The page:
In the 1950s and 1960s, the Rotaprint company experienced an uptick in demand characteristic of the economic miracle in Germany following the Second World War. In 1968, director Paul Glatz, received official recognition for the firm’s international economic engagements. Export was an important field of activity for the firm. In the 1970s the firm began to founder. The advent of photocopying machines, and later the personal computer, replaced the small-format offset printing press, squeezing them out of the market. By the mid-1980s, the operation was heavily in debt. The State of Berlin acquired the roughly 36,000-square-meter site of the Rotaprint company at market value in the hope that the Wedding operation and its jobs could be retained for the district; 200 apartments on former company grounds were transferred over to GESOBAU and held in trust. In 1988, an American investor purchased the Rotaprint AG as a last hope. The architect Richard Rogers was supposed to design a new building across from the AEG site on Hussitenstraße. Nothing more came of it. In 1989, the world’s oldest small-format offset printing press factory went bankrupt. The operation was over 30 million DM in debt—also with the City of Berlin—and company inventory was auctioned off in October. In addition to Schering, Osram, and AEG, Rotaprint had been one of the most important employers in Wedding for many decades. Because of outstanding debts, the complex was transferred over to state ownership; the district of Wedding took over the administration of the site.


… and afterwards: 1989 to 2004

Following bankruptcy in 1989, the future of the buildings was also in doubt. Berlin Regional Director of Conservation Prof. Engel is to be thanked for placing the ensemble of buildings located at Gottschedstraße 4, Bornemannstraße 9-10, and the building at Wiesenstraße 29, designated as the “Rotaprint Factory,” under strict historic monument protection in 1991, against the wishes of the district. The production halls located in the interior area of the block between Uferstraße and Reinickendorfer Straße were exempted from monument status and demolished in 1992. After demolition, an extensive clean up of the soil and ground water was required and executed in 1993-94, at a cost of 6.5 million DM and paid for by the Senate. Out of an urban development design competition for envisioning a new use of the Rotaprint block came a redevelopment plan for the site situated between Reinickendorfer Straße, Wiesenstraße, and Uferstraße. The vacant lot was slated for new housing construction, which was finally built in 2016. The larger area of the site remained undeveloped for twenty-four years; a Lidl market was constructed on a section of the lot in 2006.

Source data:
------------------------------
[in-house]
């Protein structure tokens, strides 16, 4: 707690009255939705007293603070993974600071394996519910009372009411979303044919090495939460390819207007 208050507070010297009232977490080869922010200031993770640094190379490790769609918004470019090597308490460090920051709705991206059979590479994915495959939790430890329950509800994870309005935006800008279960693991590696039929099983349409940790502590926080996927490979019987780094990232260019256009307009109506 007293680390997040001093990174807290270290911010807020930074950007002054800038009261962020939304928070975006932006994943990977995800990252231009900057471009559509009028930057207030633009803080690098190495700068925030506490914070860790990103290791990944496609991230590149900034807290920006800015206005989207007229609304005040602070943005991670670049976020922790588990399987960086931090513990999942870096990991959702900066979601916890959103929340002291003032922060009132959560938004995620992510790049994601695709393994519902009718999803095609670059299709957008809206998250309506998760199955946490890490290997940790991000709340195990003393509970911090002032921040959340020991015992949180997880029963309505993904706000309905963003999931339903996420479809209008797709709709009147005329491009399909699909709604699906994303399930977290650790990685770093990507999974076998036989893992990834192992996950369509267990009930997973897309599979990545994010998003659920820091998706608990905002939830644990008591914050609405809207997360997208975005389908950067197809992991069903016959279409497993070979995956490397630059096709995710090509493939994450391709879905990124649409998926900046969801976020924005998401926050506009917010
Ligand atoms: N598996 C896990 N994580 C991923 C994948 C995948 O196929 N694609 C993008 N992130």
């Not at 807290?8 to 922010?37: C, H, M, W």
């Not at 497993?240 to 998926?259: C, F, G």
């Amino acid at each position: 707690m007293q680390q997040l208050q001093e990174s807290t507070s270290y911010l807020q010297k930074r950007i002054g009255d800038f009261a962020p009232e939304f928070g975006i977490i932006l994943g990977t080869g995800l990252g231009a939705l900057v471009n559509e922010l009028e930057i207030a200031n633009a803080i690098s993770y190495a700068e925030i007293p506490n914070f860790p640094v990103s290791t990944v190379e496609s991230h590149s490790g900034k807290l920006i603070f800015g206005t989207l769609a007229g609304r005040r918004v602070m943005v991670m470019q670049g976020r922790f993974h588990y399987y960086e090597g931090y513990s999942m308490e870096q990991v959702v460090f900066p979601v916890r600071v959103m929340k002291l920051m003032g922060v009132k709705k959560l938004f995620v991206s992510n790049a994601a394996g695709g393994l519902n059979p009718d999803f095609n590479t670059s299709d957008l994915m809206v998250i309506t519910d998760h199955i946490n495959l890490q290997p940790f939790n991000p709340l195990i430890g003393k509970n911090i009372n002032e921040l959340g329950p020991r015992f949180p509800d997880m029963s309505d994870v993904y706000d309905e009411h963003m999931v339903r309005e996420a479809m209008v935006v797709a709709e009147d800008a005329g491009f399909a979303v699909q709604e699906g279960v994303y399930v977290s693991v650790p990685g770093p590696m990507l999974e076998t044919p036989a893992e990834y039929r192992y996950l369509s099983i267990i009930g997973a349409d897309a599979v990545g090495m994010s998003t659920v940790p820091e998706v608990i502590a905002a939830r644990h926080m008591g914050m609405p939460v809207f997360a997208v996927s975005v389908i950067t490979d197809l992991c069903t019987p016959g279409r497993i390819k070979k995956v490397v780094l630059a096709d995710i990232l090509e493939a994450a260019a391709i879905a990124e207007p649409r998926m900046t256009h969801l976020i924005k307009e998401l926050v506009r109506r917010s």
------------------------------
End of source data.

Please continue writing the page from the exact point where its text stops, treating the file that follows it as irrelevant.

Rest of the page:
In the 1990s, small businesses, artists, and community outreach organizations moved into the buildings on Gottschedstr. 4 / Bornemannstr. 9-10, and the building at Wiesenstr. 29. The administrative offices of the district of Wedding rented the empty spaces to temporary occupants. In 2002, the property was transferred to the assets of the Liegenschaftsfonds GmbH, a trustee of the State of Berlin with the aim of selling it for the highest possible price. The building at Wiesenstr. 29 also became an asset of the Liegenschaftsfonds but as a separate property. For marketing purposes the Liegenschaftsfonds divided the parcels up further in 2004—into the vacant lot located on the south-side, which had been transformed into a small wooded area following cleanup, and the building ensemble under historic protection located at Gottschedstr. 4 and Bornemannstr. 9-10. In the same year, the discount supermarket chain Lidl purchased most of the vacant lot between Wiesenstraße and Reinickendorfer Straße. In 2006, a new Lidl market was built directly up against the architectural monument, downgrading the status of the historically significant Carpentry and Training Workshop Building from 1958. The selling of the property by the Liegenschaftsfonds and the construction of the Lidl building were impetuses for establishing the tenant-initiative of ExRotaprint.

  …… read about the history of the takeover between 2004-2007 here